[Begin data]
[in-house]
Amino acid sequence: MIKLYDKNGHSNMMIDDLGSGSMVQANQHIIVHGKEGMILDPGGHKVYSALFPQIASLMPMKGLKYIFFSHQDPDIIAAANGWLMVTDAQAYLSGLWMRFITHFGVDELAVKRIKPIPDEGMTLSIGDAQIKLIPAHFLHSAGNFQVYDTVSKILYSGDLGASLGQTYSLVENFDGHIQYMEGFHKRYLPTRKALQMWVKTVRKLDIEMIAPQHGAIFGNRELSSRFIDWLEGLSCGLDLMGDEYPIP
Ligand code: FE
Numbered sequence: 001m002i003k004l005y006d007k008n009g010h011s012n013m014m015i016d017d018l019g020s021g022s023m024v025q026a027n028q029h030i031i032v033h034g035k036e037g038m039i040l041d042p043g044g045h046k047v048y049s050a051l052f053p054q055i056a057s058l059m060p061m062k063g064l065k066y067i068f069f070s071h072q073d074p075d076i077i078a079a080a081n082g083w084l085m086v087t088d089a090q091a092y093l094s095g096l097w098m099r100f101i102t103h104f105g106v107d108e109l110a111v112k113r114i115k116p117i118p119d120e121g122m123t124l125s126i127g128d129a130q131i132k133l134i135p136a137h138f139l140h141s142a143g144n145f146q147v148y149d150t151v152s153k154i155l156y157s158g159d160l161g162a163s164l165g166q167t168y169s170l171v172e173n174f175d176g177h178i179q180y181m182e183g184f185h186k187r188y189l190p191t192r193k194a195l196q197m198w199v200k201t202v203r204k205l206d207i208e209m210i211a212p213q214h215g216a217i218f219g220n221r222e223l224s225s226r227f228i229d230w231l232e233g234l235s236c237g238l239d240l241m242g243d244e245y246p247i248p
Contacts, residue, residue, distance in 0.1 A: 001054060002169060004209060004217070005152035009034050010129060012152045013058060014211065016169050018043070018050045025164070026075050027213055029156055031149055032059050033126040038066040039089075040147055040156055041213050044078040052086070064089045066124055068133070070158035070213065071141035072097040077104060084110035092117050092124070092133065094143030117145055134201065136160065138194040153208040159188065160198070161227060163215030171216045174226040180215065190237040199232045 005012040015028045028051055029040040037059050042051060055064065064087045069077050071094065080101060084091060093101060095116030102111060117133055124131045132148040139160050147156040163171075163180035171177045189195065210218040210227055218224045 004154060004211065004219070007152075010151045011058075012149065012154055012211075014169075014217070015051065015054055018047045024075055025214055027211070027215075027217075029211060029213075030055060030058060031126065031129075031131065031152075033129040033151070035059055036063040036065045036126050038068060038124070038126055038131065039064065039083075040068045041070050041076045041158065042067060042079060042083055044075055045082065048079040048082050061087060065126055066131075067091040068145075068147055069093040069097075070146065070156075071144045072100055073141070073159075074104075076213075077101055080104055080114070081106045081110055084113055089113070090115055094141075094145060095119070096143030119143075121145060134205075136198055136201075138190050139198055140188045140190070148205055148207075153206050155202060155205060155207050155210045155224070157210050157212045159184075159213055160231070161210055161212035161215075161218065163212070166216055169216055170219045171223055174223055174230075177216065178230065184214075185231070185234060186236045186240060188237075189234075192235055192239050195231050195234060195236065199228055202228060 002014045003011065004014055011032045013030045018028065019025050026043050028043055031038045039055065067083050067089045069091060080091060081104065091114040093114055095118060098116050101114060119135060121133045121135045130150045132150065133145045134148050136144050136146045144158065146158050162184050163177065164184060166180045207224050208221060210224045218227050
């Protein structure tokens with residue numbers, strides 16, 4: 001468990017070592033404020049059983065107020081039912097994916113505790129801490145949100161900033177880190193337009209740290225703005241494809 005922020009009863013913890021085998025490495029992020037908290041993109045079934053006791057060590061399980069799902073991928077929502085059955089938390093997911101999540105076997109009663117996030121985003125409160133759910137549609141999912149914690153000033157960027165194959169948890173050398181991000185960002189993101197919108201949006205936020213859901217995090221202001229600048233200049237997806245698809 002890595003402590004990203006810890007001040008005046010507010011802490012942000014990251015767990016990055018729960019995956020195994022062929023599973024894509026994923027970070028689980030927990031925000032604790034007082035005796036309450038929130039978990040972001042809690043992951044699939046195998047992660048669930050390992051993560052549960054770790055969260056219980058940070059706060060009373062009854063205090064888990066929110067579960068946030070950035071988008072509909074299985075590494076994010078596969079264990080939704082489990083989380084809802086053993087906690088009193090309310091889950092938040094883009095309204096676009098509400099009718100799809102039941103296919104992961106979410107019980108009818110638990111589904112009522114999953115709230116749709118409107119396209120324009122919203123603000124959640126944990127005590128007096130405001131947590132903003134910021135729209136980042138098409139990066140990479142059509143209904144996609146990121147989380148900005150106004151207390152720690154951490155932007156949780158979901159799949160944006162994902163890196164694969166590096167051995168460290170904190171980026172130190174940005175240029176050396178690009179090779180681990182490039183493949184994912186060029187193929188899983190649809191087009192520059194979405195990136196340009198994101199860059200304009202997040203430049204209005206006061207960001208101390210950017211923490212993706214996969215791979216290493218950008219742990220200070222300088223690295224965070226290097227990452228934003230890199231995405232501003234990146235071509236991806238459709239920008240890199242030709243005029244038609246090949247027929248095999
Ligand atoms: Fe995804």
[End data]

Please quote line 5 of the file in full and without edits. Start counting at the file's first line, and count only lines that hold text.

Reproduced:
Contacts, residue, residue, distance in 0.1 A: 001054060002169060004209060004217070005152035009034050010129060012152045013058060014211065016169050018043070018050045025164070026075050027213055029156055031149055032059050033126040038066040039089075040147055040156055041213050044078040052086070064089045066124055068133070070158035070213065071141035072097040077104060084110035092117050092124070092133065094143030117145055134201065136160065138194040153208040159188065160198070161227060163215030171216045174226040180215065190237040199232045 005012040015028045028051055029040040037059050042051060055064065064087045069077050071094065080101060084091060093101060095116030102111060117133055124131045132148040139160050147156040163171075163180035171177045189195065210218040210227055218224045 004154060004211065004219070007152075010151045011058075012149065012154055012211075014169075014217070015051065015054055018047045024075055025214055027211070027215075027217075029211060029213075030055060030058060031126065031129075031131065031152075033129040033151070035059055036063040036065045036126050038068060038124070038126055038131065039064065039083075040068045041070050041076045041158065042067060042079060042083055044075055045082065048079040048082050061087060065126055066131075067091040068145075068147055069093040069097075070146065070156075071144045072100055073141070073159075074104075076213075077101055080104055080114070081106045081110055084113055089113070090115055094141075094145060095119070096143030119143075121145060134205075136198055136201075138190050139198055140188045140190070148205055148207075153206050155202060155205060155207050155210045155224070157210050157212045159184075159213055160231070161210055161212035161215075161218065163212070166216055169216055170219045171223055174223055174230075177216065178230065184214075185231070185234060186236045186240060188237075189234075192235055192239050195231050195234060195236065199228055202228060 002014045003011065004014055011032045013030045018028065019025050026043050028043055031038045039055065067083050067089045069091060080091060081104065091114040093114055095118060098116050101114060119135060121133045121135045130150045132150065133145045134148050136144050136146045144158065146158050162184050163177065164184060166180045207224050208221060210224045218227050